"Hope that is seen is not hope."  (Romans 8:24)
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Not the Light that Precedes the Dawn

I participated in an Advent ritual this past Sunday. You know the one -- a purple candle is lit and we say some words about hope. At my church, those words got unpacked later in the service. The preacher pointed out a distinction that I continue to mull over this week as I go about the various opportunities and challenges of my work as Room for All's director:

Hope is not the light at the end of the tunnel, not the light that precedes the dawn... That's optimism. But that is not the deep hope, the gospel hope that breaks into the utter darkness of our lives.*

I realize how much I rely on seeing glimmers of light in order to feel optimistic that the dark night of LGBTQ exclusion in the life and ministry of the RCA will end. I'm sustained by the mother of a gay son who pushes back against the repressive climate in her church by creating a support group for other parents and allies. A congregation with a lot to risk asks for help in writing their new LGBTQ-inclusive welcoming statement. An elder who wants to "start the conversation" with her pastor. A slew of RCA college and seminary students at RfA's recent national conference. 
The approval of a first-ever classis-wide welcoming statement. An out-of-the-blue contribution from someone who trusts us to use it to make a difference. 

Without those tangible flickers, I can easily lapse into pessimism. I get angry when I encounter e
xclusionary policies, practices and comments across our denomination that hurt people and deny the gospel. But pondering the difference between optimism and hope has nudged me to examine my own attitudes. Can I have hope even when I'm not feeling optimistic? Sunday's sermon gave me reason to think so.

Optimism is a reactive emotion, dependent on what we see around us. Hope neither depends on the vicissitudes of our personal feelings, nor on the chance that we’ll catch a glimpse of light before dawn. And that's a relief. Deep hope – gospel hope – is possible solely because of the incarnational, already-not-yet "God with us" who is Light. In Jesus, hope is possible by what we can know in the dark. We wait in the certainty of hope that we cannot see.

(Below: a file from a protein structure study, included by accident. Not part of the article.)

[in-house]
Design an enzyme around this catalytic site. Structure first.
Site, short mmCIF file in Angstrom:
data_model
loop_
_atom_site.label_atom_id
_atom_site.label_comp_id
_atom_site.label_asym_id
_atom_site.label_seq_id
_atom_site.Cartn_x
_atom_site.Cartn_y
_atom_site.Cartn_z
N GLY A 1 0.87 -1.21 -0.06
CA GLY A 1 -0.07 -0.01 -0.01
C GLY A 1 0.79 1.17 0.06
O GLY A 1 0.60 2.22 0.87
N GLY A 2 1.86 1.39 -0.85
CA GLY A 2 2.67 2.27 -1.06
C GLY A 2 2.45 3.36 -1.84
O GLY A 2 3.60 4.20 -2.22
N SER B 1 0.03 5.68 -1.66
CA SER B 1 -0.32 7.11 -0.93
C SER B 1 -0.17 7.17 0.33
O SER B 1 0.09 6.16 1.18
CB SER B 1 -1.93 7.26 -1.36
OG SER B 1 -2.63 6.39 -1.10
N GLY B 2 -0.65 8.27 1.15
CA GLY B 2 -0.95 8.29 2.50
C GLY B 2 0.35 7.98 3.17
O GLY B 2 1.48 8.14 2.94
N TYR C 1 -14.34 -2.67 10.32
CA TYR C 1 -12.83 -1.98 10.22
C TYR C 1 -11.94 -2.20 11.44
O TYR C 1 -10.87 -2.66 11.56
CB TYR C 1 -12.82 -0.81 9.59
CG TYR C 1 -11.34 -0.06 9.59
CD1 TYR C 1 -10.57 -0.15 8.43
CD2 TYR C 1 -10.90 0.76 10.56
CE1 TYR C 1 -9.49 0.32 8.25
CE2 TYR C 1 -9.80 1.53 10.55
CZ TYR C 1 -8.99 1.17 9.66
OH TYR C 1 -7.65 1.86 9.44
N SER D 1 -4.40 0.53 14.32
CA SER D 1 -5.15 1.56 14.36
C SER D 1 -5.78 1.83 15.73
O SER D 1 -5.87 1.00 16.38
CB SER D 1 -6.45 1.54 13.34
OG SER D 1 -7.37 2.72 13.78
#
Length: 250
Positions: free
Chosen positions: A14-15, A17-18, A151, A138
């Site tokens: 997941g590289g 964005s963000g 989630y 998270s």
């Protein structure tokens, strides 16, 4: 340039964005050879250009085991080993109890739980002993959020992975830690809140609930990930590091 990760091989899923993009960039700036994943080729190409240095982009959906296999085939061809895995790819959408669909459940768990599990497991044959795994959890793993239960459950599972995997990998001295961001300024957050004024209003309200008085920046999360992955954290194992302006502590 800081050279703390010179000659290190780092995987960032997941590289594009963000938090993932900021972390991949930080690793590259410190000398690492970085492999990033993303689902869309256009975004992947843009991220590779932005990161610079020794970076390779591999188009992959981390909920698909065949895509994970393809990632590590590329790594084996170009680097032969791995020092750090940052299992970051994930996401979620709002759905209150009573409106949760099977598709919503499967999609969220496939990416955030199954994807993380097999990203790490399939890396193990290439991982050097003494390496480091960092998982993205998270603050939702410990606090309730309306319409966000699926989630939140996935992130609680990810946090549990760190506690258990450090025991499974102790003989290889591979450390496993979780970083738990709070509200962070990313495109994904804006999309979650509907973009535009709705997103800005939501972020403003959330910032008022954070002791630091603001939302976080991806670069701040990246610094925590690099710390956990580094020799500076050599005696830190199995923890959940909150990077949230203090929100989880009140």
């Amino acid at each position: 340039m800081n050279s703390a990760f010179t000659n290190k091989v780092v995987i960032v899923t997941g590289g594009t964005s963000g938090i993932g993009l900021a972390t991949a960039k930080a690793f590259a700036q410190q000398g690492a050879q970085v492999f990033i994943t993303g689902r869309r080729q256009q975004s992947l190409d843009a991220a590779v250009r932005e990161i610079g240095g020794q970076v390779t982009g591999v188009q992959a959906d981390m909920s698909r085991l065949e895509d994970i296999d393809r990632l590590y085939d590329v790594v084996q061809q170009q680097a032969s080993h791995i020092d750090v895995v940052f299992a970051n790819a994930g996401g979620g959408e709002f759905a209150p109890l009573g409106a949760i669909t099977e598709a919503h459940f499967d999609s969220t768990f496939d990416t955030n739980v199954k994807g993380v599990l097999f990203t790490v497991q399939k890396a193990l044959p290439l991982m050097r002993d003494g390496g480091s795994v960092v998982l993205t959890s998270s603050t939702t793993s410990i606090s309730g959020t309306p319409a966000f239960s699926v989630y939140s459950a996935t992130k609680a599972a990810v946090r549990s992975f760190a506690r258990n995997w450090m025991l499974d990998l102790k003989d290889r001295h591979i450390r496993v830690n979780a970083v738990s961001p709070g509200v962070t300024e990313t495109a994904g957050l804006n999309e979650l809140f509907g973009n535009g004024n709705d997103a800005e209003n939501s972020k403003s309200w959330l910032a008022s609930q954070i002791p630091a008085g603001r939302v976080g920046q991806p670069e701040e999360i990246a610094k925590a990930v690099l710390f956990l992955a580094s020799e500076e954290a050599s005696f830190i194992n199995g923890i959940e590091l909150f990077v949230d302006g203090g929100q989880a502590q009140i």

Put that way, optimism seems saccharine, even a bit narcissistic. And while optimism may salve, it's not particularly motivating. But gospel hope, that kind of "knowing in the dark" certainty, gets me up on my feet and willing to take risks. Rooted in gospel, hope is defiant, even subversive. As RfA's mission statement has it, "Compelled by the inclusive love of God revealed in Jesus Christ."  There's nothing passive about hope!

So what does all this say about RfA’s ministry, and your part in it? Be assured, we rely on the encouraging light that comes from all of you; we couldn’t find our way without your conviction, your  ideas, your witness, your prayers, and your financial gifts. Our ministry depends on you, and your support is crucial at this juncture in the RCA’s ongoing deliberations.

But does our mission depend on you? No, because that comes from outside of ourselves. Even in disappointments when we can’t see the way forward, much less the retreating backside of LGBTQ exclusion in the RCA, the hope we have in the inclusive love of God revealed in Jesus Christ compels us. Because we have hope, we support LGBTQ young people and their families. Because we have hope, we offer "Building an Inclusive Church" workshops. Because we have hope, we're building a roster of "Room for All" churches. Because we have hope, we meet with consistories and RCA classis leaders. Because we have hope, we offer inclusive worship at General Synod.

We welcome you to actively wait with us – the dawn is already-and-not-yet here.

Blessed Advent, friends -- and thank you!
Marilyn Paarlberg

*Thanks to the Rev. Dr. Allan Janssen

 

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